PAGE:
The Lions responded with an 83-yard drive that produced another Alleyne field goal, this one a 29-yarder. Harvard 14, Columbia 6. Then—pow! This time the Crimson quarterback had to wait until third down to produce a big play. Seeing sophomore running back Aaron Shampklin alone near the left sideline after wheeling out of the backfield, Stewart hit him with a toss. Shampklin blazed the remainder of the 74 yards. McIntyre booted. Harvard 21, Columbia 6. Fewer than 12 minutes had been played. 

 

Up until now the scoreboard had been blinking like a pinball machine, but the game soon settled down and the Lions crept back. In the middle of the second quarter, Columbia’s Mike Roussos made a nifty return of a punt by Harvard freshman Jon Sot, taking the ball to the Crimson 35. Four plays later the Lions were in the end zone on a two-yard run by Kyle Castner. But on the extra-point try the snap was bungled. Harvard 21, Columbia 12. 

Would Stewart’s epic first quarter go to waste? As the half approached, another senior, defensive back Wesley Ogsbury, did his best to blunt any Lion momentum, making two interceptions. On the second pick, Ogsbury nearly took it to the house, returning the ball 42 yards to the Columbia 16. (On Monday, Obsbury was named the Ivy League’s defensive player of the week, while Stewart was named the co-offensive player of the week, with Yale freshman quarterback Griffin O’Connor.)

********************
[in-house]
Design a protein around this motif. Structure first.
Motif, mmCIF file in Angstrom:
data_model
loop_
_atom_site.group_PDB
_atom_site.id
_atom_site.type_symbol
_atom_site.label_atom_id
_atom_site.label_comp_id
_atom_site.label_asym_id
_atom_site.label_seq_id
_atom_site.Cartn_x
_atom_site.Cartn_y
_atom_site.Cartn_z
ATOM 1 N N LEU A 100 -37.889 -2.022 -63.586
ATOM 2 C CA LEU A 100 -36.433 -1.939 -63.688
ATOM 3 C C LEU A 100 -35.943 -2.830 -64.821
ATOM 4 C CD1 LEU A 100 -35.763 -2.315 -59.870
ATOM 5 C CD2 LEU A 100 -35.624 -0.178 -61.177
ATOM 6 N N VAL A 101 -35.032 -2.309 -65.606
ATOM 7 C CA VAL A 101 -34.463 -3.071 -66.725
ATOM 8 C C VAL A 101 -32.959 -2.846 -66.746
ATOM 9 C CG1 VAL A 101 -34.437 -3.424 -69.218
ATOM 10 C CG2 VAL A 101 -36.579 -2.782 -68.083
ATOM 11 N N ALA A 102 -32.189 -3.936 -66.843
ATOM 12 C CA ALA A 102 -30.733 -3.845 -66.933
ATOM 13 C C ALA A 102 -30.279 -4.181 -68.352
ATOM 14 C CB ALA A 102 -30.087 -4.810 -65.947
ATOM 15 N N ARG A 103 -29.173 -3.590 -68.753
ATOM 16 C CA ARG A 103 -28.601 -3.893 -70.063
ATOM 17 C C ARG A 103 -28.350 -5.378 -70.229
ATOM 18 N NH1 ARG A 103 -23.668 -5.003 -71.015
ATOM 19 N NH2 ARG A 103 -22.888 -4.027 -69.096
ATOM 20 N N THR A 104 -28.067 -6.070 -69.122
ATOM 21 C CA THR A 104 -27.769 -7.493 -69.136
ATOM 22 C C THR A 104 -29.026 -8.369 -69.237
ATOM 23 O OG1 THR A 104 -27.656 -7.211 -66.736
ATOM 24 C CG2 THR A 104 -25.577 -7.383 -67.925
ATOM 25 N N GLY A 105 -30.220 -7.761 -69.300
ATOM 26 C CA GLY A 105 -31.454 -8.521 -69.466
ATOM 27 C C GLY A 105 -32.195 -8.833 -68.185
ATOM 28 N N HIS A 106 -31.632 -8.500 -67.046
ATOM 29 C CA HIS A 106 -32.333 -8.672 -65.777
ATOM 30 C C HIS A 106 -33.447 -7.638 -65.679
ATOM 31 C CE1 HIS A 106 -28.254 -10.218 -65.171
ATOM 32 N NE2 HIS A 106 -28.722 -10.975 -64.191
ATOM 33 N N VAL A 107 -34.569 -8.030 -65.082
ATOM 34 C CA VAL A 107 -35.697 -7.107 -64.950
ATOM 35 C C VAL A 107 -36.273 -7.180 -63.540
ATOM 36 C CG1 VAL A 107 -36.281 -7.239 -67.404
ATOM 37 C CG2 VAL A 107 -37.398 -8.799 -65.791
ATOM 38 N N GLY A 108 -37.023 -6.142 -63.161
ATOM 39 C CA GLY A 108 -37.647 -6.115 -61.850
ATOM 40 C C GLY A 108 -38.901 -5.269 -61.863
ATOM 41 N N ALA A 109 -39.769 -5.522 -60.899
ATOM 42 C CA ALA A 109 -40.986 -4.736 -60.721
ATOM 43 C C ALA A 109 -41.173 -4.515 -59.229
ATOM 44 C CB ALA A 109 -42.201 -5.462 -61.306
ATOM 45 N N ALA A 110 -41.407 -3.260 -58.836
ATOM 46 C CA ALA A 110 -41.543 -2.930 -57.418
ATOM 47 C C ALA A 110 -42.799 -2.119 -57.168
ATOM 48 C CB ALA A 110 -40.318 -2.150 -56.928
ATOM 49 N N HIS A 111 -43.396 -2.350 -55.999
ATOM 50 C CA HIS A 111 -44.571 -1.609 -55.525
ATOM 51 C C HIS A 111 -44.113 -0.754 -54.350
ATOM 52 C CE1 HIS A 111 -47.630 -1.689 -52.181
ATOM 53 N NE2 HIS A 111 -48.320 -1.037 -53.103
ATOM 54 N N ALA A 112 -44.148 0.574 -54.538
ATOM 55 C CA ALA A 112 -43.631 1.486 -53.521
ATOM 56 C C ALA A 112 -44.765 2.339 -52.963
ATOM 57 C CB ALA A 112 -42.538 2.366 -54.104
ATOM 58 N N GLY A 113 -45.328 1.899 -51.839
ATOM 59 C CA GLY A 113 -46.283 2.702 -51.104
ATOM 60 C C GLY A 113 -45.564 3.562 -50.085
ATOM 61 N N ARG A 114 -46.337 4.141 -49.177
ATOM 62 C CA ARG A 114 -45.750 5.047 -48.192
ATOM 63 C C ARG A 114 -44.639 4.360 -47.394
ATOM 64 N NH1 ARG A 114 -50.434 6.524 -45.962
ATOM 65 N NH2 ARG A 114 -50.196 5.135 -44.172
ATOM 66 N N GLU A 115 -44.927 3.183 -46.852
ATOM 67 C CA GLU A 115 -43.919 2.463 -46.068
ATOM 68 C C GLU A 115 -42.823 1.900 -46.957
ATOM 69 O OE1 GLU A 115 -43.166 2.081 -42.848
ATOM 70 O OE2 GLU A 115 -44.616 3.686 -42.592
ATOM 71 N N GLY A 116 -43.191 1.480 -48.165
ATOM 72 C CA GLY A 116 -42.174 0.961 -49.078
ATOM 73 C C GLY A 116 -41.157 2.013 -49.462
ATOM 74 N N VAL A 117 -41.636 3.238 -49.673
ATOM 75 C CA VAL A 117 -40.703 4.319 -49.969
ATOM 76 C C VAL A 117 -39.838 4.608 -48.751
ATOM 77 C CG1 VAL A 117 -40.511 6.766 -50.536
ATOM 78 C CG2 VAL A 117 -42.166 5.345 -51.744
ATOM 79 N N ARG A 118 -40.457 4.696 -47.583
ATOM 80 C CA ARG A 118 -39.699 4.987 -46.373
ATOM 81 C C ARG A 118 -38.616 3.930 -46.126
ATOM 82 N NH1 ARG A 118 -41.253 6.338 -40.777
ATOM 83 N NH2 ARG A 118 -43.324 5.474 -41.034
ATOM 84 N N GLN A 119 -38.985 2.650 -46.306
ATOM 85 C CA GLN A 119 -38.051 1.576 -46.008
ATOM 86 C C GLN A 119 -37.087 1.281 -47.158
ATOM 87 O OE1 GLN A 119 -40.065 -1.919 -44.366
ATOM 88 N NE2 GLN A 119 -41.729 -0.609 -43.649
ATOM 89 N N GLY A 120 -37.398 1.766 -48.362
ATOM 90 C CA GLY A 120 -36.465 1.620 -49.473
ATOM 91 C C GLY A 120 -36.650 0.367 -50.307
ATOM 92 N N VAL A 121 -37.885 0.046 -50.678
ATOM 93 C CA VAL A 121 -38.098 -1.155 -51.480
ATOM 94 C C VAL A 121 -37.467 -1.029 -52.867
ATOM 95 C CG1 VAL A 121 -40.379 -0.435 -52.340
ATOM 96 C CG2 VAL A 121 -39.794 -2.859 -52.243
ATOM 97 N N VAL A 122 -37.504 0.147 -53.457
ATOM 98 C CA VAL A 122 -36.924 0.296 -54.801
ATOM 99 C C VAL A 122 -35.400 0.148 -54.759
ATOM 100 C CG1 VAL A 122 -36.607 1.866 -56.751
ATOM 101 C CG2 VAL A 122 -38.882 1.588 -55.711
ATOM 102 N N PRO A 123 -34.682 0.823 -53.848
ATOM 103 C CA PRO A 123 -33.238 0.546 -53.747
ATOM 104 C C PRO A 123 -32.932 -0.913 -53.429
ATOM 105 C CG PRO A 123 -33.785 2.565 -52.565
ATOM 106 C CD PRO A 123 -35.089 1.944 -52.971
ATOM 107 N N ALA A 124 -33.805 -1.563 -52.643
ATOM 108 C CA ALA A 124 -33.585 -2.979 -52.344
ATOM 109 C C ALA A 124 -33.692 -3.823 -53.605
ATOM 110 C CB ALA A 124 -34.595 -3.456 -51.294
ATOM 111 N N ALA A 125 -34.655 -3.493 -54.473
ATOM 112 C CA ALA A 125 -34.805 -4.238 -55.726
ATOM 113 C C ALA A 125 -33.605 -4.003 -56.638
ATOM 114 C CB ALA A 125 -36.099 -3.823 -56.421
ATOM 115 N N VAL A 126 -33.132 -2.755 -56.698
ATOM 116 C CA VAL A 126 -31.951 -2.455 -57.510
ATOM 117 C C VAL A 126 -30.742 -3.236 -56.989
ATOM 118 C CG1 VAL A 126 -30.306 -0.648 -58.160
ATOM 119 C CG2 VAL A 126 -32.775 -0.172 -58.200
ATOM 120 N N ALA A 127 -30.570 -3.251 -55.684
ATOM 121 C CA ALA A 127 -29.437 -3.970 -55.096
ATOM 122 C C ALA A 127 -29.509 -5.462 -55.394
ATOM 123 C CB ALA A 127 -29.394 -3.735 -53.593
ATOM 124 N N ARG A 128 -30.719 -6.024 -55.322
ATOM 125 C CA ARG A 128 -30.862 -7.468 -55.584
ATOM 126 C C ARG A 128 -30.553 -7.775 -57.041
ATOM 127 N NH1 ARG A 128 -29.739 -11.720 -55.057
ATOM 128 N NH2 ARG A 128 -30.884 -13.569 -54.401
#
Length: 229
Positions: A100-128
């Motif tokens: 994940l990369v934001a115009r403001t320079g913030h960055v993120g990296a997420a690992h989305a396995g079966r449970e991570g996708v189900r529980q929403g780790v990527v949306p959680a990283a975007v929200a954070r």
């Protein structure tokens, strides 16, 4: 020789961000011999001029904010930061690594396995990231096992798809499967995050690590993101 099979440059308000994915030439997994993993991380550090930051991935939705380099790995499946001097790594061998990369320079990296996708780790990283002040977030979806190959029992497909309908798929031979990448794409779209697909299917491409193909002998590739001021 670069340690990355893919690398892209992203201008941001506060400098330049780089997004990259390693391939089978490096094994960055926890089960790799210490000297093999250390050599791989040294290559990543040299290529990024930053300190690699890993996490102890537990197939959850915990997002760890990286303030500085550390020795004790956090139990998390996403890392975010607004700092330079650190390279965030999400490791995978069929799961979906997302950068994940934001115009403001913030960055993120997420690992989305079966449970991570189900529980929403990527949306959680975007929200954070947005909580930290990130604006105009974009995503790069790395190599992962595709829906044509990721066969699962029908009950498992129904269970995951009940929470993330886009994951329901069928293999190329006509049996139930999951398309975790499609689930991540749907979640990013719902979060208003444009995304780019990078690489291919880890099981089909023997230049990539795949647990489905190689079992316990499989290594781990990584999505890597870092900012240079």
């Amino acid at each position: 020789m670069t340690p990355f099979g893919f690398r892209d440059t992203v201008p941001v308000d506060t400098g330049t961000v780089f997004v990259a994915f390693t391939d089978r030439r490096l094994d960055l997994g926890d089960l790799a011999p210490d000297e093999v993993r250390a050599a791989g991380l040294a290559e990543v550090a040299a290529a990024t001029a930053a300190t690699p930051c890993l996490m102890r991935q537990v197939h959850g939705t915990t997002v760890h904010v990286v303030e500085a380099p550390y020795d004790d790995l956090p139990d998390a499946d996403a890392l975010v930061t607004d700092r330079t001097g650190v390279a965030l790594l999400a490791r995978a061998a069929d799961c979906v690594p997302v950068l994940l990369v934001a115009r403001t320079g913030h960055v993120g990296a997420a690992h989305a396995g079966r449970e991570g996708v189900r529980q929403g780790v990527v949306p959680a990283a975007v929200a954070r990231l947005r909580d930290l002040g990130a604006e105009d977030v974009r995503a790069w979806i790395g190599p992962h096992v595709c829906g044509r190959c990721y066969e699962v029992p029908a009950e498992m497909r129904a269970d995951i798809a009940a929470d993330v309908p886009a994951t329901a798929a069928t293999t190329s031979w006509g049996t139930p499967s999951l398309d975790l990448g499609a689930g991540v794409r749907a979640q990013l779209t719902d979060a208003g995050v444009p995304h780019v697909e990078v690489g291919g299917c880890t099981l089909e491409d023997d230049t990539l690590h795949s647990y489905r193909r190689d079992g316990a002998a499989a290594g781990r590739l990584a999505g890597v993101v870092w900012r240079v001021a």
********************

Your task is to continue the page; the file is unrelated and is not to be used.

Thirty-nine seconds remained till halftime. On first down, Stewart danced to his left and whipped the ball into the back of the end zone. Senior wideout Henry Taylor leaped, snagged it, and somehow kept his feet inbounds when he came down. Touchdown! McIntyre kicked. Harvard 28, Columbia 12.

As the third quarter began, the senior connection of Stewart to Taylor again provided a spark, this time with a pair of completions that helped bring the ball to the Lion six-yard-line. On first and goal, Shampklin glided up the middle and into the end zone. McIntyre converted. Harvard 35, Columbia 12. 

This touchdown took some of the pressure off, but more than 25 minutes of play remained. The rest of the third quarter produced a scoreless standstill. (Leading Harvard with eight tackles on the day was defensive back and captain Zach Miller. Yes, a senior.) On the first play of the fourth quarter, the snap sailed over the head of Columbia punter Drew Schmid and out of the end zone for a safety and two-more Crimson points. Harvard 37, Columbia 12. The Lions now would need four scores to gain the lead. They got one of them on a 20-yard pass from Ty Lenhart to Kaleb Pitts, but Lenhart failed on a two-point conversion run. Harvard 37, Columbia 18.